Clause 17 - Youth courts to have jurisdiction to grant gang-related injunctions

Crime and Courts Bill [Lords] – in a Public Bill Committee am 3:30 pm ar 29 Ionawr 2013.

Danfonwch hysbysiad imi am ddadleuon fel hyn

Question proposed, That the clause stand part of the Bill.

Photo of Martin Caton Martin Caton Llafur, Gŵyr

With this it will be convenient to discuss Government new clause 7—Extension of section 37 and section 47 of the Ch ildren Act 1989 to youth courts—

‘(1) The powers of direction of courts—

(a) under section 37 of the Children Act 1989 (including the power to direct the local authority children’s service to investigate whether a child is at risk of suffering significant harm); and

(b) under section 47 of that Act to direct a local authority to intervene to safeguard and to promote a child’s welfare shall extend to youth courts.

(2) Such powers shall be available to youth courts throughout any criminal proceedings and in any family proceedings concerning the welfare of a child.

(3) In any investigation pursuant to the foregoing subsections, the local authority shall consider whether it should—

(a) apply for a care order or supervision order with respect to the child;

(b) provide services or care to the child or his family; or

(c) take any other action with respect to the child.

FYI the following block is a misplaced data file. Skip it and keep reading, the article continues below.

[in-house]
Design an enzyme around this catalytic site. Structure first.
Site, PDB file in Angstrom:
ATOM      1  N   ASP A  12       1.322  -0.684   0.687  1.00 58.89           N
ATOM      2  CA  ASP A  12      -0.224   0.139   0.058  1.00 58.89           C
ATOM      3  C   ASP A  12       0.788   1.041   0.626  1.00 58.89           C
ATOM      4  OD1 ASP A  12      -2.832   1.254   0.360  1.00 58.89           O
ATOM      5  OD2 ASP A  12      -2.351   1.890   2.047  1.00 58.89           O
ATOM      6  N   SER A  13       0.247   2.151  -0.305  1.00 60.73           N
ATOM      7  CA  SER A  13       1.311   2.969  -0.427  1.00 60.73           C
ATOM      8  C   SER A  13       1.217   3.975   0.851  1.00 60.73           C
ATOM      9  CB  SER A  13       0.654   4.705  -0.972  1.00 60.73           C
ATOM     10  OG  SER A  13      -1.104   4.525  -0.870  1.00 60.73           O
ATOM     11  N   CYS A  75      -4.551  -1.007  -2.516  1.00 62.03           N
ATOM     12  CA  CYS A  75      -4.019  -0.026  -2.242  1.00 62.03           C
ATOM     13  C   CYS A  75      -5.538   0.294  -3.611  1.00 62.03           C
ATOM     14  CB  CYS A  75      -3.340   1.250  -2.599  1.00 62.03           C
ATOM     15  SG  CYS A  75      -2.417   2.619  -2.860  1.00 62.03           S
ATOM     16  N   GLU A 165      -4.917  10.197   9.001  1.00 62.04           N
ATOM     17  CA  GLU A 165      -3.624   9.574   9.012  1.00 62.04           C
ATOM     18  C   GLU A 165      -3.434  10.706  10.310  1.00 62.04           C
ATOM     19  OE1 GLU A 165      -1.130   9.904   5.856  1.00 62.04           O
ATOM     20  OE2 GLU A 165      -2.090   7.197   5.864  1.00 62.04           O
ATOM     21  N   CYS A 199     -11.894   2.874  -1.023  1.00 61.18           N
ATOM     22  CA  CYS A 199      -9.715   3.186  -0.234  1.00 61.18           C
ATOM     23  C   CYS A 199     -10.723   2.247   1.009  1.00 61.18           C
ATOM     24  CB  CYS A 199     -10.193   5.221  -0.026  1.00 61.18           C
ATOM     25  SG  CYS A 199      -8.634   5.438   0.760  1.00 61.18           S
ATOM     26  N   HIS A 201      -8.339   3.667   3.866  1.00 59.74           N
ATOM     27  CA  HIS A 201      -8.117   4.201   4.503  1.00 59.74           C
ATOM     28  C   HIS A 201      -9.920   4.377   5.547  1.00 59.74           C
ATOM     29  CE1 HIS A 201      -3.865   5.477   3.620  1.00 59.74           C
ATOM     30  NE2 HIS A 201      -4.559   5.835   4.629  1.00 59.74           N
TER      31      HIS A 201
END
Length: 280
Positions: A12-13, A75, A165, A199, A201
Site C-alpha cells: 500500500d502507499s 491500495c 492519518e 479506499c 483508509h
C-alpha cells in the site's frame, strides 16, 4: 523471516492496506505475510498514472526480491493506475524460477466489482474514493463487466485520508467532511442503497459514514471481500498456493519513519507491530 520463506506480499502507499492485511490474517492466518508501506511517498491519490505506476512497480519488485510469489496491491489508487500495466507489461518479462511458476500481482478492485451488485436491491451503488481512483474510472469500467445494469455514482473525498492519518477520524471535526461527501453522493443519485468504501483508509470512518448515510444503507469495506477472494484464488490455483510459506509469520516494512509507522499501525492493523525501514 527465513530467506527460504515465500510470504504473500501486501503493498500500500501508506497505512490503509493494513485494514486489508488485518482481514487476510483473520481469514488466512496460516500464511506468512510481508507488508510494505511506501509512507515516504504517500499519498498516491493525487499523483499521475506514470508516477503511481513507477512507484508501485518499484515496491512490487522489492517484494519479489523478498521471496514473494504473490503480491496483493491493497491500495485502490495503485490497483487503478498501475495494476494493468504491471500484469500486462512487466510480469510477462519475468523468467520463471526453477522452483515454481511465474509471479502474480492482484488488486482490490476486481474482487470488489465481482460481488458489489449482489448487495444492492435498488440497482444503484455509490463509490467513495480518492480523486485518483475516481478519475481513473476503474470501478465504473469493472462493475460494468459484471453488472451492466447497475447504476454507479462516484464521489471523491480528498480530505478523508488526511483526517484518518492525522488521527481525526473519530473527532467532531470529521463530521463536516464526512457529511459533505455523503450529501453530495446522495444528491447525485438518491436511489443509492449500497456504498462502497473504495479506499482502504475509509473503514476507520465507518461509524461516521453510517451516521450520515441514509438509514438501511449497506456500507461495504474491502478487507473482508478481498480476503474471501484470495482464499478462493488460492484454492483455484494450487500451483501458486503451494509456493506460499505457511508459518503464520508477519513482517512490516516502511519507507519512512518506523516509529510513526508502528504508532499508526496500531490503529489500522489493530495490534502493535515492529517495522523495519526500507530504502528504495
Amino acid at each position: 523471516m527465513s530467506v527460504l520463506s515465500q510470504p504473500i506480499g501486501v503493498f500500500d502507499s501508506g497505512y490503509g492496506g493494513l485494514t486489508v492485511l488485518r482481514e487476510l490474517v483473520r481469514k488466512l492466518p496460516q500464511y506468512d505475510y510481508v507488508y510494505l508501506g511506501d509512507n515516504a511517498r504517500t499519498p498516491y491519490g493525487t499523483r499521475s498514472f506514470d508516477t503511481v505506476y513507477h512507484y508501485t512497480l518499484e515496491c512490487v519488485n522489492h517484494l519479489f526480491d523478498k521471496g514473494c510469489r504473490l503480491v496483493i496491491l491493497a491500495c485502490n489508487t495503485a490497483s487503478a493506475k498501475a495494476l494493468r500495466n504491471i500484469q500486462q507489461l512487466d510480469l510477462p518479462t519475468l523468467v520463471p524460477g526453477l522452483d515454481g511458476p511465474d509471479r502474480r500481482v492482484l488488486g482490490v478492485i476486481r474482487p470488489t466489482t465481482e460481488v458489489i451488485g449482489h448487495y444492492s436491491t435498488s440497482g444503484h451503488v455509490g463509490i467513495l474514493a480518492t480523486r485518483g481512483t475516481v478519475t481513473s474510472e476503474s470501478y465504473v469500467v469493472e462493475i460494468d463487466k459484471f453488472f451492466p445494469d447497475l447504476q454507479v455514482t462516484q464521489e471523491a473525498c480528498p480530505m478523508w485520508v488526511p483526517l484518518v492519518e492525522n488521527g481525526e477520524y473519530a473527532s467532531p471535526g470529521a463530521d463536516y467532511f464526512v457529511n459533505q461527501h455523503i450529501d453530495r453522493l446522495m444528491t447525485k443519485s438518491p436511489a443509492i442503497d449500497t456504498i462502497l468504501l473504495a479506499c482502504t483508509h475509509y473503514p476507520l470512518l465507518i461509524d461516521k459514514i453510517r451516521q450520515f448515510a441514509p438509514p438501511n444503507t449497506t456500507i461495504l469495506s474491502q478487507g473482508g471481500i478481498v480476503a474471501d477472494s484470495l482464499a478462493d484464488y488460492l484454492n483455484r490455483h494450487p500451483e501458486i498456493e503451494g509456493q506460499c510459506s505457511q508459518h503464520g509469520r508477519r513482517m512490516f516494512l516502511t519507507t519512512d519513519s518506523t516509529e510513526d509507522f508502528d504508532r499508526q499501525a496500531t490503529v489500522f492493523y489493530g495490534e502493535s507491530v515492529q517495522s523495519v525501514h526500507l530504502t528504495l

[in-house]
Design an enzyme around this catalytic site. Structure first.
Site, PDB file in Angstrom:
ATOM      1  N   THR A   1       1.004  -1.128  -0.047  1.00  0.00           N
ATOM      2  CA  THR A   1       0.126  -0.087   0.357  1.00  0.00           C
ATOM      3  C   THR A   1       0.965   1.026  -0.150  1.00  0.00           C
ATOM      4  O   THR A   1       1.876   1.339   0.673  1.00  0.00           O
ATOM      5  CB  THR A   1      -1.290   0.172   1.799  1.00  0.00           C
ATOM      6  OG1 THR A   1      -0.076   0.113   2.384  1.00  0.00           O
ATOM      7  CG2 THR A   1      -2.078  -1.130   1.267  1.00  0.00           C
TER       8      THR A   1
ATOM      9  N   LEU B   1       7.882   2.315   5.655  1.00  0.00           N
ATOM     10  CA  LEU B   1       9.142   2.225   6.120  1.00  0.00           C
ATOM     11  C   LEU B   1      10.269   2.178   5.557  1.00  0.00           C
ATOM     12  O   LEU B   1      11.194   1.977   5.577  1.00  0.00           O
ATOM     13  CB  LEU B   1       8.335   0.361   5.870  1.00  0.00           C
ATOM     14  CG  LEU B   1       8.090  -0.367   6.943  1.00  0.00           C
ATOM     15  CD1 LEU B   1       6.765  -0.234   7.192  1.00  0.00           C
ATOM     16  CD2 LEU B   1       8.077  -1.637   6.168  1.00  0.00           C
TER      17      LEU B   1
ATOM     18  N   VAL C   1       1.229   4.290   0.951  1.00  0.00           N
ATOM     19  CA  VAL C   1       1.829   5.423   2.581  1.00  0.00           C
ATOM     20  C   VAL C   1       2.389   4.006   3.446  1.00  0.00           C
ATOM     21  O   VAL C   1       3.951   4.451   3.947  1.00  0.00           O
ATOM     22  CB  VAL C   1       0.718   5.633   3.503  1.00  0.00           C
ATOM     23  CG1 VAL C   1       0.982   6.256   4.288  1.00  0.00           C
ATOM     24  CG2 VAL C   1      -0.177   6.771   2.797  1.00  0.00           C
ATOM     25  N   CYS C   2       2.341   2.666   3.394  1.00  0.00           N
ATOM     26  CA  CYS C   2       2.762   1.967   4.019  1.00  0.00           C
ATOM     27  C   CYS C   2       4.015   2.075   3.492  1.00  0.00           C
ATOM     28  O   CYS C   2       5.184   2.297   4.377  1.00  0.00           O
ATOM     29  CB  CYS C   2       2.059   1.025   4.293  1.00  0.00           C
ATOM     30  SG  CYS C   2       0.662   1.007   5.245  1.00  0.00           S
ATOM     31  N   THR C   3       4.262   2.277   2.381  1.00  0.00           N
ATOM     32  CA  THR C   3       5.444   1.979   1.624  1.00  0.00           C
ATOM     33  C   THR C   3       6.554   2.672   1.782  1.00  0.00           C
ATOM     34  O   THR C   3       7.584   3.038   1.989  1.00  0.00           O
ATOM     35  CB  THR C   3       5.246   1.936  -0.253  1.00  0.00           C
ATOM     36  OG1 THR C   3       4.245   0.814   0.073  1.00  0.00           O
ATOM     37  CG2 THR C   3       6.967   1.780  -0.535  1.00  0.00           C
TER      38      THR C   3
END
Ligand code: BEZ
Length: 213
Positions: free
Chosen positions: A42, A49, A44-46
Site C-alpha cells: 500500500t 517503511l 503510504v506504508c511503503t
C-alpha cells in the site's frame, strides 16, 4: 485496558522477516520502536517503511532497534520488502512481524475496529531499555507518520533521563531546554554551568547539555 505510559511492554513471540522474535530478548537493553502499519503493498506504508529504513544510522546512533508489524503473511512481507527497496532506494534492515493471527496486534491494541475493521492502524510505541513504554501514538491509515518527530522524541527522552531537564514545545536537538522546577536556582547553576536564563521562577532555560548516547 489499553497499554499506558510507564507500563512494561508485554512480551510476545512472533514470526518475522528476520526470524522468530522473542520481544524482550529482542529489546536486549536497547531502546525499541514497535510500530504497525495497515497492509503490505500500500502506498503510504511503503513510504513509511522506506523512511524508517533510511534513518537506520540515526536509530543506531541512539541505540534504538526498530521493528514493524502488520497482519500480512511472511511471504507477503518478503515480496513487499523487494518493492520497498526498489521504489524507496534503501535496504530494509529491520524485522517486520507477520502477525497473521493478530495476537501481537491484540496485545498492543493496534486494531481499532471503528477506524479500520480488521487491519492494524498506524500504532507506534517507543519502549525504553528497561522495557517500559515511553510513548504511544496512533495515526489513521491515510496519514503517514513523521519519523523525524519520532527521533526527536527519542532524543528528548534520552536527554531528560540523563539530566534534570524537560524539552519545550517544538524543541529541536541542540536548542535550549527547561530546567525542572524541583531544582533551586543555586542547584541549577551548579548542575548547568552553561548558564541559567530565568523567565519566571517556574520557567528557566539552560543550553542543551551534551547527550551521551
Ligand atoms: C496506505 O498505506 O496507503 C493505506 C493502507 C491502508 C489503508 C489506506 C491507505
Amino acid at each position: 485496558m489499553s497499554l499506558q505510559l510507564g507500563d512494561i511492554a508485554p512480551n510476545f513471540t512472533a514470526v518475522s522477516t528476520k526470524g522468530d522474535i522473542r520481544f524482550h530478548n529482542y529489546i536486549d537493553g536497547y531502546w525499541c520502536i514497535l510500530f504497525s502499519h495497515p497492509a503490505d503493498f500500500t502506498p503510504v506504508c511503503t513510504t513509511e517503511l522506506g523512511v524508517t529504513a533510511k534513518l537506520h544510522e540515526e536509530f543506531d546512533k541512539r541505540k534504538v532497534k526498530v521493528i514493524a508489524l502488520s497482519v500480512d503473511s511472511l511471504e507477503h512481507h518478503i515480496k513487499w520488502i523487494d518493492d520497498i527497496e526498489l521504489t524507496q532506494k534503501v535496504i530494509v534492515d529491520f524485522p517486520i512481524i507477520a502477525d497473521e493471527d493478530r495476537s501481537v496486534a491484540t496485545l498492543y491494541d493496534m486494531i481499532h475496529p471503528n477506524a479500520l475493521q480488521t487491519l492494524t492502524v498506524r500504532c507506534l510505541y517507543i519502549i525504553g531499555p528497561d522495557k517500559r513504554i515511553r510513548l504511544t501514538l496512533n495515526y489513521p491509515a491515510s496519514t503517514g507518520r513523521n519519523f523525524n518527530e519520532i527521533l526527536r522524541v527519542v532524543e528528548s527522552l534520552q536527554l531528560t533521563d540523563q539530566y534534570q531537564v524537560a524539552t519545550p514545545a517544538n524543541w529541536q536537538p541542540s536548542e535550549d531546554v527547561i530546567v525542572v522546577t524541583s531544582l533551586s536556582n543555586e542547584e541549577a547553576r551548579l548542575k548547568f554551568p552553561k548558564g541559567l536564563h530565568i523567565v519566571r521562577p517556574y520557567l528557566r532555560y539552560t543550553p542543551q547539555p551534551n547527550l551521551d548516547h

(4) It shall be in the discretion of the youth court to adjourn sentencing until such local authority investigation has concluded and the findings thereof have been notified to the court.

(5) Any youth court in which the powers under this section are to be or may be exercised shall include on its panel at least one member of the Family Court.’.

Photo of David Burrowes David Burrowes Ceidwadwyr, Enfield, Southgate

I am grateful for the opportunity to speak to new clause 7 as part of the stand part debate. I feel enthused, as though I have been in a trap waiting to be set free, a little like the dogs of old that ran around Walthamstow stadium. The rabbit I am after in this case is not the Government. It is one which, in many ways, we all take hold of. It is a recognition about young people, in particular when they are in the jurisdiction of the youth court. This is an area on which we all agree.